Thursday, August 9, 2018

Improving on Perfection: Mission: Impossible – Fallout

Simon Pegg, Rebecca Ferguson, Tom Cruise, and Ving Rhames in Mission: Impossible – Fallout. (Photo: Polygon)

Tom Cruise was always instrumental to the Mission: Impossible series, right from the jump, not just as its star but as its primary producer. He collaborated with some of the greats of genre cinema, using the distinct cinematic voices of creators like Brian de Palma, John Woo, JJ Abrams, Brad Bird, and Christopher McQuarrie to create new visions of action-oriented spycraft. Ethan Hunt was his answer to 007, and in crafting this franchise at both the macro and micro scales – he’s involved at every level, from script to stunt choreography – he has made sure to execute it at such a high degree of quality that it’s now James Bond who’s running to catch up with Cruise’s signature straight-backed sprint, and not the other way around. While Daniel Craig’s tenure as 007 hit its lowest point with the regrettable misfire that was SPECTRE, Cruise’s run as Ethan Hunt is approaching its zenith, with 2015's Rogue Nation setting the bar so high, I wasn't sure it could be surpassed. Fans of action cinema miss the latest installment, Mission: Impossible – Fallout, at their peril: it’s the spy thriller honed to its deadliest razor-sharp edge, about as perfect an action movie as you could ask for. I've never been happier to have my skepticism proved wrong.

The continuing storyline of the Impossible Missions Force and its members (Cruise’s Hunt, Simon Pegg’s Benji, and Ving Rhames’s Luther, along with newer additions like Rebecca Feguson’s Ilsa Faust and Alec Baldwin’s Hunley) narrows its focus in Fallout, moving away somewhat from the ensemble storytelling of the previous films and centering strongly on Hunt as its embattled protagonist. Terrorist mastermind Solomon Lane (the ghostly-voiced Sean Harris), though captured and incarcerated after the events of Rogue Nation, strings the IMF along a series of setups and double-crosses meant to manipulate Hunt into facing the consequences of his actions as an international spy, while CIA director Sloane (a steely Angela Bassett) sends her personal “hammer,” an agent named Walker (Henry Cavill), to make sure the IMF’s actions coincide with her own interests. Fallout is a succession of no-win scenarios, each more “impossible” than the last, which contribute to a mounting sense that Hunt is surviving on borrowed time – making every action set piece thrum with the possibility that it might be the last, for any of the all-too-human members of the team.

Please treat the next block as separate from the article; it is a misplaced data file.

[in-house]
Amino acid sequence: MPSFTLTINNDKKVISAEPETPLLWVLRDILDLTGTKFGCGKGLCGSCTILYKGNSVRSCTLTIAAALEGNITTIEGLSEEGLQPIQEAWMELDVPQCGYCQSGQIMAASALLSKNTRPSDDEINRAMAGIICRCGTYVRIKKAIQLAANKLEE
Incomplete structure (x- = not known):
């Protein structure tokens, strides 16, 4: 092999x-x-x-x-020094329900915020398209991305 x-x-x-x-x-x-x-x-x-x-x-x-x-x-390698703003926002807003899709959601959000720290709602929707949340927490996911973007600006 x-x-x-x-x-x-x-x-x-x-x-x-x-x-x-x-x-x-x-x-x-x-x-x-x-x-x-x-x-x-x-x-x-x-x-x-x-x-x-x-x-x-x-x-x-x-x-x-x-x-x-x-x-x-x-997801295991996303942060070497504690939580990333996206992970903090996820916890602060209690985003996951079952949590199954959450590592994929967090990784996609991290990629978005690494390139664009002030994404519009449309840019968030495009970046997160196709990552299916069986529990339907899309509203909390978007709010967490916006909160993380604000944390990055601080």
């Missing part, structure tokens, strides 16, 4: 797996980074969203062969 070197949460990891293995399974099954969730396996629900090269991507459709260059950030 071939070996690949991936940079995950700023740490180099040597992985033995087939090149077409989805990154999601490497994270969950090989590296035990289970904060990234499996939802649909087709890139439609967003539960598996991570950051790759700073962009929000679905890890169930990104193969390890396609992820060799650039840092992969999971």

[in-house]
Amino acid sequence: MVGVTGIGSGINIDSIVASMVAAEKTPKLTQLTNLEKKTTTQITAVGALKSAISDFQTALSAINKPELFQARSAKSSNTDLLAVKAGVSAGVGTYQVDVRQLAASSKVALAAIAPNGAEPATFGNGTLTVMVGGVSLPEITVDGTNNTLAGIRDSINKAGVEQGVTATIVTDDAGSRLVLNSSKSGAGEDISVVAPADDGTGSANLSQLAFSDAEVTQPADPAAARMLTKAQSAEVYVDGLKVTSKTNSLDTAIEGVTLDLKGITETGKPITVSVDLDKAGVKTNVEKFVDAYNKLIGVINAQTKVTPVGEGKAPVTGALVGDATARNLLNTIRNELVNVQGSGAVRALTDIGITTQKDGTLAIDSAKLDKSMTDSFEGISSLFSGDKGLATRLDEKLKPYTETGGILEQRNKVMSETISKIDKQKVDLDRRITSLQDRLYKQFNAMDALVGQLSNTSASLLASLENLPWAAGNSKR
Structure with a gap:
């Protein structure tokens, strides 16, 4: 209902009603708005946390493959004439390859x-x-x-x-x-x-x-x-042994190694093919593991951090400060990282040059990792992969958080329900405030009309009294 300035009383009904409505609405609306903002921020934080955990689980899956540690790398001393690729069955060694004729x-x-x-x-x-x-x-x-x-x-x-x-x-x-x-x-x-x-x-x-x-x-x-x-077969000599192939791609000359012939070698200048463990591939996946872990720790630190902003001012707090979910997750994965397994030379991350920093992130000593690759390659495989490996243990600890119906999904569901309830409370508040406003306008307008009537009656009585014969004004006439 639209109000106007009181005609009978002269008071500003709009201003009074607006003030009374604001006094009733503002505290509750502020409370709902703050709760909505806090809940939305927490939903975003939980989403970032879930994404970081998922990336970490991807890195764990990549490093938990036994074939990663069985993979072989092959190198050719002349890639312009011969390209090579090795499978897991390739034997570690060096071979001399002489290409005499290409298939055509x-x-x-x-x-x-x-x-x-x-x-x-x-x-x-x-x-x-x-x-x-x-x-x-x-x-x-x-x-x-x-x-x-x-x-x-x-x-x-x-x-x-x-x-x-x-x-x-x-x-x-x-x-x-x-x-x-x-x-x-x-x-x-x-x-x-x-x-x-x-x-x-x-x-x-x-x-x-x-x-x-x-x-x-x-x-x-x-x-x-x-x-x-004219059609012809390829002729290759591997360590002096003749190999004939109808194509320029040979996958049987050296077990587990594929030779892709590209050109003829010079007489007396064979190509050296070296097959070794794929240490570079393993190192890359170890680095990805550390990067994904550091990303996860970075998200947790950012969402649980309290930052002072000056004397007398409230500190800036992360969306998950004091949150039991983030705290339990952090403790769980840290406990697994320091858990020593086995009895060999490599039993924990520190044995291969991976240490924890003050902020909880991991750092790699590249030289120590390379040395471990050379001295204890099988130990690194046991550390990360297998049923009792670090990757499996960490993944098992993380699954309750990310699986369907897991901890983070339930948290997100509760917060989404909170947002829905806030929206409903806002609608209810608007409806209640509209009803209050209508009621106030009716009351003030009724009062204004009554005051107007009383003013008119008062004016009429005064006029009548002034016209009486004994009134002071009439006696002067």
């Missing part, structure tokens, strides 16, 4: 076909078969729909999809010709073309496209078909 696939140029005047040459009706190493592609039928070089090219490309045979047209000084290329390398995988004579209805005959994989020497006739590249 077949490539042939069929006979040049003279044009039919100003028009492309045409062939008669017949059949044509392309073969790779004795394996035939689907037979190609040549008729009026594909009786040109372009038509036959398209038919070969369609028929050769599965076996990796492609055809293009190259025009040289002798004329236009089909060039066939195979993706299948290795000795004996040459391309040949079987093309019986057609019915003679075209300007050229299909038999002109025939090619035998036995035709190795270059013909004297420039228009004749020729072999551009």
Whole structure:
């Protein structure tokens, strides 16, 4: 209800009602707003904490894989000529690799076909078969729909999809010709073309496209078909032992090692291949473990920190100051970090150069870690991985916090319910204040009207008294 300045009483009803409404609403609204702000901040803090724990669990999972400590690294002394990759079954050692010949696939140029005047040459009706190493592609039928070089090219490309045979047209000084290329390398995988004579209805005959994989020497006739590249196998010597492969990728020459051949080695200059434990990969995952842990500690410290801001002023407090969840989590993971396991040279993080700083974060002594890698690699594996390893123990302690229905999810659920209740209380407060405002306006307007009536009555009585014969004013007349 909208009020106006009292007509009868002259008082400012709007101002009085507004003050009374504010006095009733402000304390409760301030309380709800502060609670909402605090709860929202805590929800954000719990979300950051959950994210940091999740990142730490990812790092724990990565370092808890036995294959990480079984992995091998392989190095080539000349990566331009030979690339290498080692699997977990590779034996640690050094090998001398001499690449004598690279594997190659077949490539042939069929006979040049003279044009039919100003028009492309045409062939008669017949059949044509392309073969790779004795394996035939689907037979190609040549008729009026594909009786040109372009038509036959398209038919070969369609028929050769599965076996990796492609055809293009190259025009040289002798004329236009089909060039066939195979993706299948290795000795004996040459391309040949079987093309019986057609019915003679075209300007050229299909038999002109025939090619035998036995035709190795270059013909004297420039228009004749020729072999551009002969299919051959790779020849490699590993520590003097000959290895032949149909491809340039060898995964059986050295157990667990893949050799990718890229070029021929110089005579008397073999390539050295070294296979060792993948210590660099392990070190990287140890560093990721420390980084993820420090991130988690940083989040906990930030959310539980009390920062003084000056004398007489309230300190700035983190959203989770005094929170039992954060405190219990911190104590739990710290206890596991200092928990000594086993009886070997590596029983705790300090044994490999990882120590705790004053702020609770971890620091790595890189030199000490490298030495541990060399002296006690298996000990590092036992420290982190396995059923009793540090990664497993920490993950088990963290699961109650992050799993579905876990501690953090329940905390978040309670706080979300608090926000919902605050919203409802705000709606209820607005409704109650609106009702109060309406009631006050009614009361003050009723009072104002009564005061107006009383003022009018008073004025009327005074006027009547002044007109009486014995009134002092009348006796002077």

McQuarrie is the first director in the franchise to return for a second run, and the first to pen his own screenplay, providing a clarity of vision and intent that makes Fallout a lean and mean vehicle for high-stakes tension and exciting action. The clockwork precision of his sequences from Rogue Nation (like its now-famous opera scene) ratchet up to unbearable levels of suspense in Fallout, playing out with exquisite timing and shattering impact. McQuarrie is the best kind of action director in that he stages cool-looking choreography and jaw-dropping stunts that are driven by genuine dramatic tension, in which the goals, the stakes, and the geography are always crystal-clear, and he's the smartest kind of action writer in that he knows how to really put the screws to his characters. The M:I series took a few stumbling steps to get here, but seems to have finally arrived at the same type of satisfying action typified by all-time genre heroes like Indiana Jones, where Hunt isn't the flawlessly competent Bondian archetype, he's a man scrambling to save himself and his friends from situations that just can't seem to stop going south. Nothing ever goes according to plan, and he constantly gets the crap kicked out of him  but, like Indy, he uses wit, daredevil courage, and no small amount of luck to somehow scrape through.

Cruise scaling a cliff face with probably way fewer safety measures than you'd think. (Photo: IMDB)